The 1980 Slasher Movie ‘Friday the 13th’ Was Filmed at This Boy Scout Camp in New Jersey
In the off-season, Camp-No-Be-Bo-Sco alumni bring in props and lead tours for freaked-out fans
Off a woodsy dirt road in the Kittatinny Mountain region of northwestern New Jersey, in tiny Sand Pond, a silver canoe is anchored in the exact spot where Jason Voorhees made his first appearance at the end of the 1980 slasher film Friday the 13th.
From my vantage point, the lake, the shore, the canoes racked on the sandy beach, and the rustic log cabins look almost exactly as they did at Camp Crystal Lake, the fictional setting where a group of teens fell to a mysterious murderer stalking counselors in the woods. I can picture a muddy, decomposing Jason popping up, capsizing the canoe and pulling Alice—the last girl standing in the movie’s killing spree, played by Adrienne King—under the water in the film’s final jump scare.
It hits me: “I really am at Camp Crystal Lake!”
Yes, Camp Crystal Lake—chillingly and informally referred to as “Camp Blood” in director Sean S. Cunningham’s Friday the 13th—is a real-life place you can tour, along with several other filming spots in the surrounding area of Warren County, New Jersey, not far from the Pennsylvania border. Here, my tour guide tells our group, producers of Friday the 13th found the perfect backdrop, with its aging camp and swampy body of water, for their creepy story.
In real life, the campground is called Camp No-Be-Bo-Sco, which stands for North Bergen Boy Scouts. The nearly century-old, 380-acre Boy Scout camp in Hardwick is run by the Boy Scouts of America Northern New Jersey Council. For about two months every summer, campers take part in weeklong sessions, involving activities like swimming, canoeing and crafts.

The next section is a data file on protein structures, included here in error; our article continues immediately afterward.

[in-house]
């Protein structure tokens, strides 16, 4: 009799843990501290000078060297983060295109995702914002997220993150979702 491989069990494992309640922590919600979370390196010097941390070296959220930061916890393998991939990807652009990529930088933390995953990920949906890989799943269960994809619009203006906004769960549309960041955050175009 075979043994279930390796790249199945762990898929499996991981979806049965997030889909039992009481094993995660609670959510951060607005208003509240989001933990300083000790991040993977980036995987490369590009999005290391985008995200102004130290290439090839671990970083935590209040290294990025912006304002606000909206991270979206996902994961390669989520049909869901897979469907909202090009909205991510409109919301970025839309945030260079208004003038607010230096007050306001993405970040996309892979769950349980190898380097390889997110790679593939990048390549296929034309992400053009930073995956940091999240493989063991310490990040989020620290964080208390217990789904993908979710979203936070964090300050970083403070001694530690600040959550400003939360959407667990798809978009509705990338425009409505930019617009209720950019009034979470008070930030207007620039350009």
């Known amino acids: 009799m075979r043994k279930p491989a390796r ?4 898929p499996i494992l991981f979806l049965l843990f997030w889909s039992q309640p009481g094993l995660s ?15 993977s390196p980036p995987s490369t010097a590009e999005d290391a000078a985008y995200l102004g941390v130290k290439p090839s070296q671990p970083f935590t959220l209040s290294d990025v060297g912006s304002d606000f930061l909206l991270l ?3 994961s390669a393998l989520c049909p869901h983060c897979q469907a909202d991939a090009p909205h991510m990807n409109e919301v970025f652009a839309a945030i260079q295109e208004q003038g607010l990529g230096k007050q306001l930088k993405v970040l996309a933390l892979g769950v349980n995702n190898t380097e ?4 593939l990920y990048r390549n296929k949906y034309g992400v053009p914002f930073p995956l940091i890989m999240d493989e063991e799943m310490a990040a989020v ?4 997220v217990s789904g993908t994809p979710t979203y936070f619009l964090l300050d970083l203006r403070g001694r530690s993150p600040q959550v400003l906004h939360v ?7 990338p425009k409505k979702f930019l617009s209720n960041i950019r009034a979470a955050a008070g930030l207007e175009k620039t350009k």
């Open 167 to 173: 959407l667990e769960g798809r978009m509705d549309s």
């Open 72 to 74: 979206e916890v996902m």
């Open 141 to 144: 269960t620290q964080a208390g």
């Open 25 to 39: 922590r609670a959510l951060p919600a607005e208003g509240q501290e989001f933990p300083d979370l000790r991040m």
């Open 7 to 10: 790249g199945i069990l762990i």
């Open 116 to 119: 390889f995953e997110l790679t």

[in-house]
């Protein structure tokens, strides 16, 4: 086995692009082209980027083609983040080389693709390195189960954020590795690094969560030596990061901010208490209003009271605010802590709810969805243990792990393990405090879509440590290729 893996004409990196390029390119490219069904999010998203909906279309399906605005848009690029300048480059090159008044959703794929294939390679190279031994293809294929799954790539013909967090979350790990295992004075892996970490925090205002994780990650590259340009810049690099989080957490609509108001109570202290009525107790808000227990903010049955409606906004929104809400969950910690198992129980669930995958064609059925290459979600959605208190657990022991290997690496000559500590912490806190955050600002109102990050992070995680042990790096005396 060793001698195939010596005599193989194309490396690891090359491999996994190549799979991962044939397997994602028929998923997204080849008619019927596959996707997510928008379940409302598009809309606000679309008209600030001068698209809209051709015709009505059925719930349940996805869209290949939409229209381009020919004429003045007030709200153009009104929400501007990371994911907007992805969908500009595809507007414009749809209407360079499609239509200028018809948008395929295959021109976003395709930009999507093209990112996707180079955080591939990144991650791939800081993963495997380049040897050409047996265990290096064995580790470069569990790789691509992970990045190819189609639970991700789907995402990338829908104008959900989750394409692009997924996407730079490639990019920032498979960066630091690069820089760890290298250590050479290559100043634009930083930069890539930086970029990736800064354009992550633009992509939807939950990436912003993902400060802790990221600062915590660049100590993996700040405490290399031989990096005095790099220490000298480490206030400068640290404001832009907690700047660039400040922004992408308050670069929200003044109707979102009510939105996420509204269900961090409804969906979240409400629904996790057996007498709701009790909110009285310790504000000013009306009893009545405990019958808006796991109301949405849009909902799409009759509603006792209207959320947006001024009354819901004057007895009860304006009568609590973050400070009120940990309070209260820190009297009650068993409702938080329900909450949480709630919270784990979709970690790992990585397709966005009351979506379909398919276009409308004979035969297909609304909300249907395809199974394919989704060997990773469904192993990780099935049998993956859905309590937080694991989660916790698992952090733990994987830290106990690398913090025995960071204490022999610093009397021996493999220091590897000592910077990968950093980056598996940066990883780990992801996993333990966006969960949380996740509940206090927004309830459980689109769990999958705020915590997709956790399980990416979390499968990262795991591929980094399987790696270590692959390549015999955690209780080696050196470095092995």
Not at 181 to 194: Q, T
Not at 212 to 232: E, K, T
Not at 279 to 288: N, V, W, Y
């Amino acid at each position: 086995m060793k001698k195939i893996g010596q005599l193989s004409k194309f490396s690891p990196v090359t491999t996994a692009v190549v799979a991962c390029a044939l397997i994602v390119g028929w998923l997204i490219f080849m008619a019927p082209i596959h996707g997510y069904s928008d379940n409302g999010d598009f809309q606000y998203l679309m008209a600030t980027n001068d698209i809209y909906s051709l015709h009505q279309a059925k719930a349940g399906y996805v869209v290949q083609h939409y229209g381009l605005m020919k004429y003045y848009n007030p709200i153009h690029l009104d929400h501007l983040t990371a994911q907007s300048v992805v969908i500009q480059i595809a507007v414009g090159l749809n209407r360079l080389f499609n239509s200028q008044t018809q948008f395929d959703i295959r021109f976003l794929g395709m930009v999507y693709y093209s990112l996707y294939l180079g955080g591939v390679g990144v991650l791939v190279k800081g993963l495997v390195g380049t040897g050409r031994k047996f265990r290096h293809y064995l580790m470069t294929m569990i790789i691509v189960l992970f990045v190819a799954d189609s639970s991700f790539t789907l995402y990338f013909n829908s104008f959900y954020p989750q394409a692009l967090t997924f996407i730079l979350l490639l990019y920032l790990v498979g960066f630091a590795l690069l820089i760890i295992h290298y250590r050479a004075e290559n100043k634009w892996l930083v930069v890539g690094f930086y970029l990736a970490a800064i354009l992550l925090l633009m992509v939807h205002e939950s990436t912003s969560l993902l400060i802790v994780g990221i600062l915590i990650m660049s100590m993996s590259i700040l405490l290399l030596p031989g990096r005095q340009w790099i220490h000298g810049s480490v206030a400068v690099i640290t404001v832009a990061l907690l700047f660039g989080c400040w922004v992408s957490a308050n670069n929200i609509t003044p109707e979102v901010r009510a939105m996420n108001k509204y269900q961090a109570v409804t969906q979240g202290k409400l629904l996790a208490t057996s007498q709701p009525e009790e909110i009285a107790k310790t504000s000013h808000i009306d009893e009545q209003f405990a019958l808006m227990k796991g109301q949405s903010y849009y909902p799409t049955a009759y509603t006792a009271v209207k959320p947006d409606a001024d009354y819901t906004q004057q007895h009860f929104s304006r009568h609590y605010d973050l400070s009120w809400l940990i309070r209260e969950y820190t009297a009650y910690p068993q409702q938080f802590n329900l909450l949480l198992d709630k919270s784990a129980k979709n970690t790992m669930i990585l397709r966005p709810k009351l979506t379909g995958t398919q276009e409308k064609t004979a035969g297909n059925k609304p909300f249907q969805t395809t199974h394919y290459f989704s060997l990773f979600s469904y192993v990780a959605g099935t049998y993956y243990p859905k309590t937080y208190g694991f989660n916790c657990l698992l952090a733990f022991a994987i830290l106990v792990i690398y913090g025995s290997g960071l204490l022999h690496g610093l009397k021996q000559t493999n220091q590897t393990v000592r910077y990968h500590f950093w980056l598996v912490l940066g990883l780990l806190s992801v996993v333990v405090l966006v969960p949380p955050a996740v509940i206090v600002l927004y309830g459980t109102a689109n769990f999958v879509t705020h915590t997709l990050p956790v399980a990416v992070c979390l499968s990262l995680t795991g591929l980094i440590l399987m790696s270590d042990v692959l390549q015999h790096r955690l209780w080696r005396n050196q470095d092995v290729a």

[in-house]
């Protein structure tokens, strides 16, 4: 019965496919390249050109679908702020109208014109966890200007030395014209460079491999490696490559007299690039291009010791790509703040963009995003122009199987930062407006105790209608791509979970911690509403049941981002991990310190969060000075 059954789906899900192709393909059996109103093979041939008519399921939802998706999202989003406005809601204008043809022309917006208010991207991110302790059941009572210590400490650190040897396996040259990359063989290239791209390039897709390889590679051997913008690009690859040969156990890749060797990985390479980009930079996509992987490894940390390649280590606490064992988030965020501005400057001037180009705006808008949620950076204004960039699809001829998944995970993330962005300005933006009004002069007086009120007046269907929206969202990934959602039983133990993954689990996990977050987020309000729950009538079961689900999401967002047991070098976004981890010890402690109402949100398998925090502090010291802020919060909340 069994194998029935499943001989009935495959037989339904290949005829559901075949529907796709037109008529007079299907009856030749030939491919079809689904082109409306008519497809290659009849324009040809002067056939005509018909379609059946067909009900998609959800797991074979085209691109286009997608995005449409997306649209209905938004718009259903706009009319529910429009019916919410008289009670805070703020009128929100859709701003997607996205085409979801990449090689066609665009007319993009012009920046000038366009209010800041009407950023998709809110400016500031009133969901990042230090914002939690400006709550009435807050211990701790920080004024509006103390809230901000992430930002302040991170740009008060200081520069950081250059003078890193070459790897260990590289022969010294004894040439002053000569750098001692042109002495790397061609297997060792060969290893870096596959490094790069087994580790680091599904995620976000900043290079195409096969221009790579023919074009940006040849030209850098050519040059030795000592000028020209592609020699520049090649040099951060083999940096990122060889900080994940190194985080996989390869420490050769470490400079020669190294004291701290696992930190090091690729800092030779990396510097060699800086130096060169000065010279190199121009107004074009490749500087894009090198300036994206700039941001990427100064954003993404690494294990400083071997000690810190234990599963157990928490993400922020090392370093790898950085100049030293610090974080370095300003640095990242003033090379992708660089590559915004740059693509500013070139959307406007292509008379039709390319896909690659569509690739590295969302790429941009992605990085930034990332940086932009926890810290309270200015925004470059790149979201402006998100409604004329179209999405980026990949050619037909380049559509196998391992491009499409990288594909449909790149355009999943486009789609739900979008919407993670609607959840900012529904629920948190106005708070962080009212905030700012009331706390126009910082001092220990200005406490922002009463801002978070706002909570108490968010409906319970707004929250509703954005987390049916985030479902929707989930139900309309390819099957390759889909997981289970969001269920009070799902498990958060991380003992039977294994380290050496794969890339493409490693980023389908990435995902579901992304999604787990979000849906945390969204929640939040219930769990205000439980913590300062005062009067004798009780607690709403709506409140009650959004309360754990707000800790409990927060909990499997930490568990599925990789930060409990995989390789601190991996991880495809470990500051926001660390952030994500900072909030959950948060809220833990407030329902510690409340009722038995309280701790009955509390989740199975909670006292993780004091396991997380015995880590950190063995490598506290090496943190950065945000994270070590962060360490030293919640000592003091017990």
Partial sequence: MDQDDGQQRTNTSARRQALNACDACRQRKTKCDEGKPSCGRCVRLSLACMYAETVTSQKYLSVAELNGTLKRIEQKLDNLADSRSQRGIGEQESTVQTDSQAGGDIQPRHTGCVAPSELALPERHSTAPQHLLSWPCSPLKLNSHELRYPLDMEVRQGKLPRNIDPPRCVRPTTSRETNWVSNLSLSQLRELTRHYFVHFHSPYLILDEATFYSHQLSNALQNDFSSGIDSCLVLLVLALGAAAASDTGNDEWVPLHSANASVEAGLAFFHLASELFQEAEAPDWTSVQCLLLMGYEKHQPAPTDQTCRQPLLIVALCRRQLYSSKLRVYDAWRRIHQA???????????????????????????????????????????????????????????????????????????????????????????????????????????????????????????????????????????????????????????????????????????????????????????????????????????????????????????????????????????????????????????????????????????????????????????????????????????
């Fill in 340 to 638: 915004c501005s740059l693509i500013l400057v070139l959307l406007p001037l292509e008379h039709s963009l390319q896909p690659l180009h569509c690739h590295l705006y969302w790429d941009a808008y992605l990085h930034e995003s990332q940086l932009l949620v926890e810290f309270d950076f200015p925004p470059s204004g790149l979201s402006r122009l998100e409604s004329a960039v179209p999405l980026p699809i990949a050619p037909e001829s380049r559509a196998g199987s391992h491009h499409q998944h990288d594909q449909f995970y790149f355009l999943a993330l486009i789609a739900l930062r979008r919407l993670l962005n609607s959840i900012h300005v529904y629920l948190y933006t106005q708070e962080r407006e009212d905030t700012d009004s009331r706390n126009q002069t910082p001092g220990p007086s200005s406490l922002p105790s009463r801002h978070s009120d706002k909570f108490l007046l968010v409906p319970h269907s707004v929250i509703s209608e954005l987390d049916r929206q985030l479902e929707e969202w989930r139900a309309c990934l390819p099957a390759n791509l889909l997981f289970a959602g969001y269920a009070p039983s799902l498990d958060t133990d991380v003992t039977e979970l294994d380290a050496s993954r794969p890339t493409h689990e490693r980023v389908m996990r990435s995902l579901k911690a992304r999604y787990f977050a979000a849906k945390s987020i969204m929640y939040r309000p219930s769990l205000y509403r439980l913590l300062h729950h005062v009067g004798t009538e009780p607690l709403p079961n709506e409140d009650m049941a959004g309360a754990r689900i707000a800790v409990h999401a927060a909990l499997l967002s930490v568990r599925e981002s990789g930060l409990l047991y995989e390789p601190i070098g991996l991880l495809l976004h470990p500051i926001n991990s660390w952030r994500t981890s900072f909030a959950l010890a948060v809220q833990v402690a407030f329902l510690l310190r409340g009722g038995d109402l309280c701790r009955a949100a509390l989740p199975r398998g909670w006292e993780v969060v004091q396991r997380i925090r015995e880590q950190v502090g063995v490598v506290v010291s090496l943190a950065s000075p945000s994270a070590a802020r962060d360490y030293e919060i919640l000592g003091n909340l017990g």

The camp is off limits to the public during this time, of course. But every spring, early and late summer, and fall, a company run by Camp No-Be-Bo-Sco alumni called Crystal Lake Adventures brings in Friday the 13th props, signs and memorabilia—sometimes even the stars themselves, like King. The outfit has been leading tours since 2011.
A hardcore child of the ‘80s and fan of Generation X campy horror flicks, I never outgrew my teenage tastes. I remember the first time I saw Friday the 13th, and later the rest of the franchise, with nostalgia. The plot goes like this: A young boy drowns at Camp Crystal Lake during the 1950s, and the camp is now cursed; a year later, two camp counselors are brutally murdered. After this flashback opening scene, the film jumps ahead to Friday, June 13, 1980. Camp Crystal Lake is preparing to reopen, despite the death curse rumored to haunt it still more than two decades after the murders, and several teens report to work as counselors. A vengeful slasher, who viewers don’t see until the last 20 minutes of the movie, lurks in the woods and kills the teens one by one. In a big shocker—spoiler alert for those who haven’t seen the movie—the killer is a woman named Mrs. Voorhees, a former camp employee and the mother of Jason, the boy who drowned, seeking revenge.
I nabbed a spot on a three-hour, daytime tour in mid-September—a bucket-list experience for me. Tourists were split into two groups, about a dozen people each. The fans were mostly middle-aged Generation Xers, but there were some younger adults, along with one elderly woman whose middle-aged kids talked her into going on the tour.
The staff at Crystal Lake Adventures do not do media interviews or allow any commercial photography. My tour guide said events always sell out quickly, and word-of-mouth among Friday the 13th fans provides plenty of publicity. But while the tour operators were mysteriously mum, horror legend Tom Savini, who created the special effects for Friday the 13th and numerous other scary movies, thankfully shared behind-the-scenes anecdotes about the movie’s monthlong filming session in 1979.
Savini and his assistant, Taso N. Stavrakis, bunked in the cabins at Camp No-Be-Bo-Sco during filming, while other crew and cast members stayed in nearby hotels. Living at the camp was a blast, Savini recalls on a phone call, and the two passed their downtime riding motorcycles through the woods, and watching movies like Marathon Man and Barbarella on Betamax, a rival of VHS.